Healthier crisps in the future?

Chips contain acrylamide, a chemical that forms when starchy foods, such as potatoes and bread, are cooked at high temperatures

There’s good news for snack lovers, because chips could be getting healthier.

Potato chips contain acrylamide, a chemical that forms when starchy foods, such as potatoes and bread, are cooked at high temperatures.

There’s some evidence from animal studies that acrylamide is linked to cancer, making people more concerned about their baked potatoes, burnt toast and bags of chips, though experts are divided on whether the compound can cause cancer in humans.

But now researchers may have discovered how to reduce the amount of acrylamide formed when frying potatoes to make potato chips.

According to the Norwegian research institute SINTEF, less ripe potatoes contain more sugar, which can be converted into acrylamide.

Chips contain acrylamide, a chemical that forms when starchy foods, such as potatoes and bread, are cooked at high temperatures

It follows similar work in the UK, where Rothamsted Research scientists have gone further in using gene editing to develop a strain of wheat that is less likely to produce acrylamide when toasted in bread.

When it comes to chips, the Norwegian researchers found that measuring the levels of sucrose and aspartic acid in potatoes gave the best indication of the amount of acrylamide they would produce when fried to make chips.

But dr. Erlend Inderg?rd, from SINTEF, said: ‘This method is slow and requires the use of expensive instruments.

Acrylamide: everything you need to know

Acrylamide is considered so toxic that only 0.1 microgram per liter is allowed in drinking water, 100 times less than the allowed amount of arsenic.

This is to protect consumers from acrylamides used in industry (where it is used to make dyes and plastics).

The chemical is not intentionally added to foods.

Instead, it is produced when carbohydrate-laden foods that naturally contain an amino acid called asparagine are heated above 120c, such as in baking, barbecuing, frying, grilling, broiling, or roasting.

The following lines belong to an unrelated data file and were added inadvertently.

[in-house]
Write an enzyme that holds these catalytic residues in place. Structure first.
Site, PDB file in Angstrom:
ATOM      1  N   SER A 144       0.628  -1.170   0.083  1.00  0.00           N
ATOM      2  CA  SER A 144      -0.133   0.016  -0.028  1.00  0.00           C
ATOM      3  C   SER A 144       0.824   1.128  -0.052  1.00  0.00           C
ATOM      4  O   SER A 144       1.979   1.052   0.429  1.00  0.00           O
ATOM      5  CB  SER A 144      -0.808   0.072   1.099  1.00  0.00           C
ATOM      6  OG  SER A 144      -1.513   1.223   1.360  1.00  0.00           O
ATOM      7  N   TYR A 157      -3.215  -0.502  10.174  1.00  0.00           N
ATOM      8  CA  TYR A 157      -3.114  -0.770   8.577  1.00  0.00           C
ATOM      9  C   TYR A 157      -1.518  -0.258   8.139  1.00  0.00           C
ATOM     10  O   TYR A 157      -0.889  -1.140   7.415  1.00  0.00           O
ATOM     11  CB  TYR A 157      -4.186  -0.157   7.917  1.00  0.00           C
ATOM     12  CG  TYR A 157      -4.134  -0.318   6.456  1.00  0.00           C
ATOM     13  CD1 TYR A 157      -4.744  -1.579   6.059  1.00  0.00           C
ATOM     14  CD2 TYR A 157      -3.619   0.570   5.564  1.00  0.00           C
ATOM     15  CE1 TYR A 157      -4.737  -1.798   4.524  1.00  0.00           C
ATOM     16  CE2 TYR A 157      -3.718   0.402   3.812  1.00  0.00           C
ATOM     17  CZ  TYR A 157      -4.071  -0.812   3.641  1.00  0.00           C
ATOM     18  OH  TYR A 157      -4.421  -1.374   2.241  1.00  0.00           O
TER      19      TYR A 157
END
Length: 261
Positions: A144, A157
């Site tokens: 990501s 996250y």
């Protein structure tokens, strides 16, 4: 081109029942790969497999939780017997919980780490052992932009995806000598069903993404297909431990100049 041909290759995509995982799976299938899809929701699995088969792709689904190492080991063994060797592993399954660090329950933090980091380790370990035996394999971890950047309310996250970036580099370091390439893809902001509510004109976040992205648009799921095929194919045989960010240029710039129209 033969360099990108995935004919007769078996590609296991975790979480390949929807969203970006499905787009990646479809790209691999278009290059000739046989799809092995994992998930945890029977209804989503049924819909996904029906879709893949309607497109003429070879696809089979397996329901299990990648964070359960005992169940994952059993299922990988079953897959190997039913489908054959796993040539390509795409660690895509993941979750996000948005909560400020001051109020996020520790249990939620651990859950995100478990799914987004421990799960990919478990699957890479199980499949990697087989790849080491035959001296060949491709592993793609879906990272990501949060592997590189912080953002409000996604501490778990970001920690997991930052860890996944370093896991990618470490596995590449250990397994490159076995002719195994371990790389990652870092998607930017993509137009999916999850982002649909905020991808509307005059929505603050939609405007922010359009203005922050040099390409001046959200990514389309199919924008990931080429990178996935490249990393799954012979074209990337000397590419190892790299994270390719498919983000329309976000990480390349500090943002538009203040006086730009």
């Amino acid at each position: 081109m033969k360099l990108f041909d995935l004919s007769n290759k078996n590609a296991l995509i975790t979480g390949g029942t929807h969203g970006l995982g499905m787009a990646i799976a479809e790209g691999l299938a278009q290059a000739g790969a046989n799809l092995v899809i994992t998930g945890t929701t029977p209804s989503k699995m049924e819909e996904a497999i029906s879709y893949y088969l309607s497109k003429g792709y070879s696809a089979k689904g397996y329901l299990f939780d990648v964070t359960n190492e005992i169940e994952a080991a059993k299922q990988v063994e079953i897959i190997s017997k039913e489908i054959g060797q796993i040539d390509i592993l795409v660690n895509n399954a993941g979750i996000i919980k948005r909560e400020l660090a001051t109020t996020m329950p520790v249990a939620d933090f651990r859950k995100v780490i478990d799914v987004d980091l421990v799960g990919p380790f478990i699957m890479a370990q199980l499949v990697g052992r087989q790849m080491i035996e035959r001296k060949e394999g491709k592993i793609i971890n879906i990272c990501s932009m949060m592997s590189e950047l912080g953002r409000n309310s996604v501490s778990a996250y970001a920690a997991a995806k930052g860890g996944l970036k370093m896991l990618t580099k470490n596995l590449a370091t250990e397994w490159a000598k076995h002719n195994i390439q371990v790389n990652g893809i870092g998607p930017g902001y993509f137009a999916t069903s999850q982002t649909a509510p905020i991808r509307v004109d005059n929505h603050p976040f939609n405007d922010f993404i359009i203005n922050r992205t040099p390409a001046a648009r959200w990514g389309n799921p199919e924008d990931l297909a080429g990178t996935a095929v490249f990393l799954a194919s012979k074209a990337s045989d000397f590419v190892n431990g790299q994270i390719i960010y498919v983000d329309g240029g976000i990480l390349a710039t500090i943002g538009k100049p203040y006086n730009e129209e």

Chips and crisps have been found to contain high levels of acrylamide; pizza, toast and cookies are also on the hazard list.

The World Health Organization has said that the levels of acrylamide in food are a ‘major concern’.

But unlike with water, there is no legal maximum.

Acrylamide has not yet been proven to be carcinogenic in humans, despite some studies suggesting it is in animals.

“We’ve found that measuring glucose levels with a blood sugar meter that anyone can buy at their local pharmacy is a faster and more accessible way to get an indication of whether a potato’s sugar level is too high.”

According to the experts, potatoes must also be stored at the right temperature.

The Food Standards Agency (FSA) recommends that people reduce their consumption of acrylamide when preparing food at home by aiming for a golden yellow color or lighter when frying, baking, roasting or roasting starchy foods, and by following the instructions on following the packaging when cooking packaged foods such as chips and baked potatoes.

Mark Willis, head of chemical contaminants at the FSA, said: ‘We welcome the development and use of good practices by companies to manage acrylamide, including the sourcing of ingredients and appropriate storage.’

Dr. Claire Knight, senior health information manager for Cancer Research UK, said: ‘There is no good evidence that eating foods high in acrylamide, such as crisps, toast or charred root vegetables, increases the risk of cancer.

However, some foods containing acrylamide are high in calories, and being overweight or obese increases the risk of 13 types of cancer.

“Your overall diet is more important than individual foods in reducing cancer risk.”

Dr. Duane Mellor, a registered dietitian and senior lecturer at Aston University, said: ‘While it is good to reduce the acrylamide levels in crisps as it is a known carcinogen, removing it will not make the crisps healthy as they are still high in fat and probably salty, and low in fiber and vitamins.’

In 2017, research from the Changing Markets Foundation reported, which assessed 92 potato snacks from major UK snack brands and supermarket own-brand crisps

high levels of acrylamide in 17 percent of the samples.

Nusa Urbancic, director of campaigns at the Changing Markets Foundation, which supports sustainable products, said: “While we welcome such innovations in reducing acrylamide levels, it is important to emphasize that the food industry is well aware of this issue and also of the solutions for more than two decades.?